Altoona Mirror from Altoona, Pennsylvania on June 30, 1997 · Page 66
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Altoona Mirror from Altoona, Pennsylvania · Page 66

Altoona, Pennsylvania
Issue Date:
Monday, June 30, 1997
Page 66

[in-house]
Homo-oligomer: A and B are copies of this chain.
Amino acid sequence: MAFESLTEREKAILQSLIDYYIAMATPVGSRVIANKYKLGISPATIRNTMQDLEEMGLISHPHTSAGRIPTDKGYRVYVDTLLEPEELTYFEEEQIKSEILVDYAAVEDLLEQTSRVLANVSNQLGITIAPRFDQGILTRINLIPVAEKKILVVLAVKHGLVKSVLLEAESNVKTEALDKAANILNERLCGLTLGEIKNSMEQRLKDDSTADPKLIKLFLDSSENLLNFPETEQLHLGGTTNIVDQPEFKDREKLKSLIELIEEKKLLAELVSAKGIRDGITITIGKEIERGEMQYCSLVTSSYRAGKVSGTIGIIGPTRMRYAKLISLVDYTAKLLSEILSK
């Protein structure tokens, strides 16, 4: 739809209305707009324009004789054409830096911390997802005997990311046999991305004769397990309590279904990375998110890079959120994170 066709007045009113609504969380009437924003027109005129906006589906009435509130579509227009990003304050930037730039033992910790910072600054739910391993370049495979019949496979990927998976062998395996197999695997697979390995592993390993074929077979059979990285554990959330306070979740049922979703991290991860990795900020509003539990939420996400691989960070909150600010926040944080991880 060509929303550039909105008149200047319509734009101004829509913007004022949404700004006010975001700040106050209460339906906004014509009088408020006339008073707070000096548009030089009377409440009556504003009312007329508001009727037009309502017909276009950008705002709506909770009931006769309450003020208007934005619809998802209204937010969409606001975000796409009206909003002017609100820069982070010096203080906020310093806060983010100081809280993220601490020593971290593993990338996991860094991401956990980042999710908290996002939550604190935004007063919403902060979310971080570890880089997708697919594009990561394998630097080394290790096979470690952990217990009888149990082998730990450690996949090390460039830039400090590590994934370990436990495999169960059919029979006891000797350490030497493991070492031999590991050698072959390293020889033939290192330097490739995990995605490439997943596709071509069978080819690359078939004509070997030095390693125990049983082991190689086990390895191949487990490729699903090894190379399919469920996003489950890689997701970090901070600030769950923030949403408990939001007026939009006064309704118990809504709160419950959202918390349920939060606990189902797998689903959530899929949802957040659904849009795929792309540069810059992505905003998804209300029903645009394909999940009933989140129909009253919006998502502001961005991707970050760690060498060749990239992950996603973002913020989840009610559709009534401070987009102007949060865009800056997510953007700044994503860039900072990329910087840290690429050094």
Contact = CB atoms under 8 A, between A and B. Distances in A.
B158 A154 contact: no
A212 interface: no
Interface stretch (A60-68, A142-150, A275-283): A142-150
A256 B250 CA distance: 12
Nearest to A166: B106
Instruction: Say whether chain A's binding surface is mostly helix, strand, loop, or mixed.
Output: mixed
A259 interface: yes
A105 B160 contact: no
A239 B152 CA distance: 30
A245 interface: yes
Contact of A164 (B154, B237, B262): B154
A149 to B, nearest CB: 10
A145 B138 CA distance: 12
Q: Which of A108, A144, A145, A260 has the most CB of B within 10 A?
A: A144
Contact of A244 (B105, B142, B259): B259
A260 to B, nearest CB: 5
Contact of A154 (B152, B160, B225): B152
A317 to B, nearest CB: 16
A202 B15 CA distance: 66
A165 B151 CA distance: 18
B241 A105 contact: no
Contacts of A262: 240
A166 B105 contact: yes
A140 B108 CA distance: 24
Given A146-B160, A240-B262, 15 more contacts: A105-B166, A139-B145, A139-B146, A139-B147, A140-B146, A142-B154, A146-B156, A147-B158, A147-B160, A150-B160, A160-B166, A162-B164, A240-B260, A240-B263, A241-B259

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June 1997 Page 39 Guides, clients could do more to make paid outings a success WOLF TRACKS Dave Wolf Good guides are rogues, and they usually have a bad habit or two. They could never work for "the man," or be confined to walnut offices (many have tried and foiled miserably). Thfiy are good men, prone to skin cancer and other plagues of the sun, wind, rain and —•— c snow. Most love what they do. They know the land or water like their own living room, because they spend more time out there than at home. Guides are selling their wares at every sports show imaginable. It's a necessary part of the job they don't care for. I know, I have I**' 1 there - both guiding and manning the booth. Like most guides, I have qualms about clients; as many, in fact, as most clients have about guides. The biggest problem I've seen as a guide is the distinction between guiding and teaching. I have had more than one fishing guide tell me while shaking his head, "How do you get a guy into fish who doesn't know the first thing about fishing? 3 I understand what he is saying, for anyone who has guided has had his share of bad experiences, both as a guide and as a client (most guides fish away from "home waters" when they have the lime). The longer I guide the less I complain about other guides. Guides are not teachers - not leathers of how-to, although many of us spend a half day or more teaching. That's OK, as long as the client isnt complaining that he is not catching fish by the bucketful. When Fm paying, I couldn't care less how good a fisherman my guide is. I want to know if he knows where the fish are and what to use on a particular day. A few years back, I guided a couple of gentlemen on a combination troutAass trip, The two waters were a good 45 minutes apart, so the arrangements were to fish for trout for a half day and bass for the other half. The one man" was a great guy and couldn't have cared less about how many fish he caught; the other wanted a fish on every cast. The problem was the second client could not see the Ssh take the fly. I counted 15 to 20 trout that rose to take his size 16 caddis. He saw none of the rises and never even attempted to set the hook. I could tolerate that; I don't mind changing leaders and flies and the normal things a guide does. My client doesn't have to be an expert caster or know everything about fishing. He simply needs to have learned the basics. I was fine wife the whole affair until the client complained that he had not taken a trout, so we tried some more. Three more trout rose to his fly, and even when I yelled, "Set-the-hookV he never did. Later, we waded out to the shelf on the river where smallmouths gather toward evening. I tied a popping bug on for the client and instructed him carefully: "Make three to four casts, lengthening each one, and then move two steps downstream." After showing him how to work the bug - and hooking one bass in doing so — 1 figured the day was about to turn around for the better. I left the man to work with his friend, who claimed he had taken three bass already and was doing just fine. I looked back to the other man who was now angrily lashing the water. I waded back to his side; he wasn't happy and neither was 1.1 grabbed his shoulder and nearly forced him to take two steps downstream. He cast us I instructed and two bass came to the bug as he retrieved it. He saw neither one. Now I stood at his side akin lo a kindergarten teacher with a wayward student. He cask two more times, and on the second cast a fish rose to the bug. I yelled "Strike!" and he did nothing, We tried again, and five rises later he finally ({lustration by (tennis Vandevantfer set the hook on his first smallmouth. I congratulated him, and before the day dosed into night he took 15 more nice fish. 1 figured he would be happy he wasn't. Bather, he complained about not taking any trout earlier in the day so much for trying. I have sat in cabins with men complaining about guides, and I have sat at the table with guides spilling horror stories about clients they had guided to large game animals only to find the client using a new rifle - not the one they shot in back at the lodge, but an "extra" that wasn't even bore-sighted. Fishing guides from the Keys to Alaska told me some of their fishing clients simply could not cast well enough to take a gold fish out of a large aquarium, even if they stood on the table where it had been placed. Most agreed that clinics are for teaching and guiding is for catching. Clients should take a clinic before embarking on a guided trip, unless they are satisfied with their limitations and the results they will produce. But in the hush of the evening another client told me of a man who booked fly- fishing trips, and when the client asked to be shown how to fish a certain fly pattern, the guide could barely clear the boat with a cast of 20-feet. I understood; 1 have had guides fish a stream ahead of me, or sit in the front of the boat lobbing a lure to ail the ideal locations. On those trips, the guide did well; I did not. I have also been on trips when the weather during buck season was 100 degrees and the humidity hovered around 97 percent. The hunting was tough, to say the least; and although I did take a so-so buck, the deer simply were not moving all that well, anil it was impossible to dig them out of the coolness of the swamps that surrounded our hunting grounds. I didn't complain. The guide was a great gay and we became good friends. I don't expect the guide to control the weather, I just want to know he would like to ifhe cniilri I have fished mud-laden waters - not good conditions for the fly-fisherman when the rains came as I was on the way to the camp. There was no time to call me and tell me not to come, nor could the guide keep the water from rising to flood stage. I had paid good money to take a single fish. The outfitter invited me back for another trip fit a quarter of what I had paid - that's class. There are good guides and bad guides, good clients and real pains. That's life, that's hunting and fishing, but we can all do something to become a little tetter on both sides. The guide will work harder for a client he feels confident in, and a client will be a littie more understanding with a guide who tries to give his client the best service possible. Next month; In the July edition of PENNSYLVANIA AFIELD, don't miss... Bass are hungry for hellgrammites Feature by Mark Nale Have fun this summer goin' after bluegills Feature by Vic Attardo